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RE: [Xen-devel] RE: Saving/Restoring IA32_TSC_AUX MSR

To: "Nakajima, Jun" <jun.nakajima@xxxxxxxxx>, Jeremy Fitzhardinge <jeremy@xxxxxxxx>
Subject: RE: [Xen-devel] RE: Saving/Restoring IA32_TSC_AUX MSR
From: Dan Magenheimer <dan.magenheimer@xxxxxxxxxx>
Date: Fri, 11 Dec 2009 15:30:40 -0800 (PST)
Cc: "Xu, Dongxiao" <dongxiao.xu@xxxxxxxxx>, xen-devel@xxxxxxxxxxxxxxxxxxx, "Dugger, Donald D" <donald.d.dugger@xxxxxxxxx>, Keir Fraser <keir.fraser@xxxxxxxxxxxxx>, "Zhang, Xiantao" <xiantao.zhang@xxxxxxxxx>
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> > If this is true the only safe use of TSC_AUX is for
> > its originally designed intent: To determine if two
> > successive rdtscp instructions were or were not
> > executed on the same processor.  Since this cannot
> > be guaranteed in a VM, that's a reasonable argument
> > that TSC_AUX shouldn't be exposed at all (meaning the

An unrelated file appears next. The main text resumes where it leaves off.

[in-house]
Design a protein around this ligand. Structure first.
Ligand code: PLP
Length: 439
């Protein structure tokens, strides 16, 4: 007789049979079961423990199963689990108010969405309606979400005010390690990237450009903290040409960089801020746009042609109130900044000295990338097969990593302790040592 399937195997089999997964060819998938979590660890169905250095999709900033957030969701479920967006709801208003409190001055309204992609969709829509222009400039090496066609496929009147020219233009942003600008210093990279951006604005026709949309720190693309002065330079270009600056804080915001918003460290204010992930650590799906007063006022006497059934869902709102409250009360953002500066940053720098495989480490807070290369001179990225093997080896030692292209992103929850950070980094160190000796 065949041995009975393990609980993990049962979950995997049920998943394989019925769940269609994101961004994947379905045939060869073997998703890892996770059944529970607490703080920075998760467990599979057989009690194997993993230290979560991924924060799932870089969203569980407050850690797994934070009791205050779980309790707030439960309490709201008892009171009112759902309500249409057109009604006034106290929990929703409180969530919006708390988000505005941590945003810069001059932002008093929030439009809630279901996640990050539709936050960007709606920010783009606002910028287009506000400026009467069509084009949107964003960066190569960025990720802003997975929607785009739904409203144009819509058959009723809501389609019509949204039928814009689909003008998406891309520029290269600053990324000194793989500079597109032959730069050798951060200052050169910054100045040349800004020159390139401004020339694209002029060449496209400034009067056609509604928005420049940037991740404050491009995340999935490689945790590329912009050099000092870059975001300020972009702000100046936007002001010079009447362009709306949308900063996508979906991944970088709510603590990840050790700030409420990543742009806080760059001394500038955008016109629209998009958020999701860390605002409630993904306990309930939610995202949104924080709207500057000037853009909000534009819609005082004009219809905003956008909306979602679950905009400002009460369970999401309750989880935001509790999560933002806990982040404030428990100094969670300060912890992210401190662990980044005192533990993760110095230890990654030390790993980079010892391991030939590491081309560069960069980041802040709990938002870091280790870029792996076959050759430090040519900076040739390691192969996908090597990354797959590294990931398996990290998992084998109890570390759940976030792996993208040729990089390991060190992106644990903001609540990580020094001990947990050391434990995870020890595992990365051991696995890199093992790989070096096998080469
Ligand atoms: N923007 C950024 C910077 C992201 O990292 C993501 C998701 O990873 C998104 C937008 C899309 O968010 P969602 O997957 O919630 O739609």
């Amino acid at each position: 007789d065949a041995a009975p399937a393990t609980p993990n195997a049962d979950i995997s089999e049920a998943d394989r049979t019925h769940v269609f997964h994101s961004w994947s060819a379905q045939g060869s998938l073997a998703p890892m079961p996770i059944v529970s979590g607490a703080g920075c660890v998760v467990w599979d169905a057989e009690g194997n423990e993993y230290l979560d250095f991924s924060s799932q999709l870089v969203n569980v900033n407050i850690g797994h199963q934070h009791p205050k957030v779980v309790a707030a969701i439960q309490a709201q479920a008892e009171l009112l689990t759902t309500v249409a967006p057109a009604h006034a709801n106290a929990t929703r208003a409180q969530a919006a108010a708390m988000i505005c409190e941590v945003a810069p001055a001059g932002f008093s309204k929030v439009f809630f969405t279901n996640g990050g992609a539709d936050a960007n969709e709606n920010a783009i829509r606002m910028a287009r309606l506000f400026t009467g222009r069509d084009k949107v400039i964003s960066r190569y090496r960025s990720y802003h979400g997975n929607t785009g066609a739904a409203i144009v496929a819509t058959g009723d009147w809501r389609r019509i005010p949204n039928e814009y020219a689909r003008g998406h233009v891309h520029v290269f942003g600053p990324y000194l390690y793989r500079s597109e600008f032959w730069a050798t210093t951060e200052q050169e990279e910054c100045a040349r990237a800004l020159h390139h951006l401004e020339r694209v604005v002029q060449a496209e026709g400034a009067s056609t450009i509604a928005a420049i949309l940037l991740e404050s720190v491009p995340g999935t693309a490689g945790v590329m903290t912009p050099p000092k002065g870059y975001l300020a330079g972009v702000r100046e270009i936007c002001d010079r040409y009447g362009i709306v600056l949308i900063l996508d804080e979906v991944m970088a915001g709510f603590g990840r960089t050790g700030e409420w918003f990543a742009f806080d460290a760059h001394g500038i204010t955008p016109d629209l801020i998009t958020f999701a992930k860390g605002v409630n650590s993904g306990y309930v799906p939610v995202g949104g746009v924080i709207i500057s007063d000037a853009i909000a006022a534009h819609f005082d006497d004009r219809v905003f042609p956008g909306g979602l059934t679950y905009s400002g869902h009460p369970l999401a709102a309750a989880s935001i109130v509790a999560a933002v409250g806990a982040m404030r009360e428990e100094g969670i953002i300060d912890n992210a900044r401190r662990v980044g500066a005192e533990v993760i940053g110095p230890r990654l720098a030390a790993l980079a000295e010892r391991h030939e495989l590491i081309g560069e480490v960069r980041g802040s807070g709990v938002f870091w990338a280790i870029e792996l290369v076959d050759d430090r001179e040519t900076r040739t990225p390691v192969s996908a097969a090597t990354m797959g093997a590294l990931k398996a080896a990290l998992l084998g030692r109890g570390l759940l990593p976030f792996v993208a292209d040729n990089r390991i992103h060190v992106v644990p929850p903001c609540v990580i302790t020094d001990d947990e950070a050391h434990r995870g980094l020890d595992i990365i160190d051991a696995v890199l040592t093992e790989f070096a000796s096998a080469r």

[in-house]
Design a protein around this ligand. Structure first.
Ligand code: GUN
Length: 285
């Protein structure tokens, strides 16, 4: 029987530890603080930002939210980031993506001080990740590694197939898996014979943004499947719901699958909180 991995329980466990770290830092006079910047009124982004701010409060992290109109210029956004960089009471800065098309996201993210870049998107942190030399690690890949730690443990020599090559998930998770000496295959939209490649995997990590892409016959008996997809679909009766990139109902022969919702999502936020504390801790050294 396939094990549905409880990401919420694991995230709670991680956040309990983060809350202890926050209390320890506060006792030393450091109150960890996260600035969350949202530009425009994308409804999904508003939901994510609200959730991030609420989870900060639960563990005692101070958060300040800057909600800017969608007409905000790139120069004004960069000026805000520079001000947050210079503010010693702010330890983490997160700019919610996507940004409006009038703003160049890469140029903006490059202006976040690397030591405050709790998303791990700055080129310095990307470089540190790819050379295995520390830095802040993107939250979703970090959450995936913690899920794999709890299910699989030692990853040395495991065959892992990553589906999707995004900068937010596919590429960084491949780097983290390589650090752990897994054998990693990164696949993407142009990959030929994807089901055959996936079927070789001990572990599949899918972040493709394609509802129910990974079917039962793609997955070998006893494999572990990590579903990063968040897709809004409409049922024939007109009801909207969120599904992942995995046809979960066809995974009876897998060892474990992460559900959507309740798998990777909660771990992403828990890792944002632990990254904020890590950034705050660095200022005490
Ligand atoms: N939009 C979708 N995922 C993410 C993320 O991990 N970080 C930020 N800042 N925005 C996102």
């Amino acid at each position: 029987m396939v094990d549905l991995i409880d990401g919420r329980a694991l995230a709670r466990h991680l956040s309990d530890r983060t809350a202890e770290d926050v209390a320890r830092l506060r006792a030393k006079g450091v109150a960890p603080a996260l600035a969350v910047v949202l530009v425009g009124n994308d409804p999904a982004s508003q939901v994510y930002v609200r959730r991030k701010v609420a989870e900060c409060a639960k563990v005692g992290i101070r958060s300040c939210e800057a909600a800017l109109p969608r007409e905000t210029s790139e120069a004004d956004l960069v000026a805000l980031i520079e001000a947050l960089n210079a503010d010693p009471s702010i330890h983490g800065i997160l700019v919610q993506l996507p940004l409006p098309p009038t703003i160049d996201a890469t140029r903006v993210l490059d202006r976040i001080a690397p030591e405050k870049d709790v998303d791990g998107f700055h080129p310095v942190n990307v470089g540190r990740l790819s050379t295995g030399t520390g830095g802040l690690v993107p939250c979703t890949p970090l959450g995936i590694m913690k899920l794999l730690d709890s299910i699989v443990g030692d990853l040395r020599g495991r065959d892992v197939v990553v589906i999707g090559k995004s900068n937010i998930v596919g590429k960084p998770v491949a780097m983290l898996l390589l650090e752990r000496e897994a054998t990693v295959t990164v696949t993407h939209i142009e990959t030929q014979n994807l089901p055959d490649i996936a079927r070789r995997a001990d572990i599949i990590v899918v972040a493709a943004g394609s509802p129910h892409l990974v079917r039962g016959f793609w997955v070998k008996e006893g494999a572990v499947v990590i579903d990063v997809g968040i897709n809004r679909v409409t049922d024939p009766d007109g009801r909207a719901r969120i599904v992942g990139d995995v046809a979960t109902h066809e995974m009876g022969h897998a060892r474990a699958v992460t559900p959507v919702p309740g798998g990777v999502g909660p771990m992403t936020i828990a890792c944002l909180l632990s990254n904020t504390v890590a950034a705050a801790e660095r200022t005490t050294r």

> > rdtscp bit in cpuid should be turned off by Xen).
> This should work if you bind (i.e. pin) each vcpu to each 
> CPU, as I suggested.

Yes, it does.  If there were a reasonable way for an
application to check "am I running on a VM for which
each vcpu has been pinned?" this might be a reasonable
constraint as, if the app isn't, it could fail or at least
log a message.  But if the app will randomly fail
(or perform horribly) depending on whether the
underlying VM is pinned or not (which might even
change across a migration or if a sysadmin is
"tuning" his data center), I don't think
enterprise customers would appreciate that.

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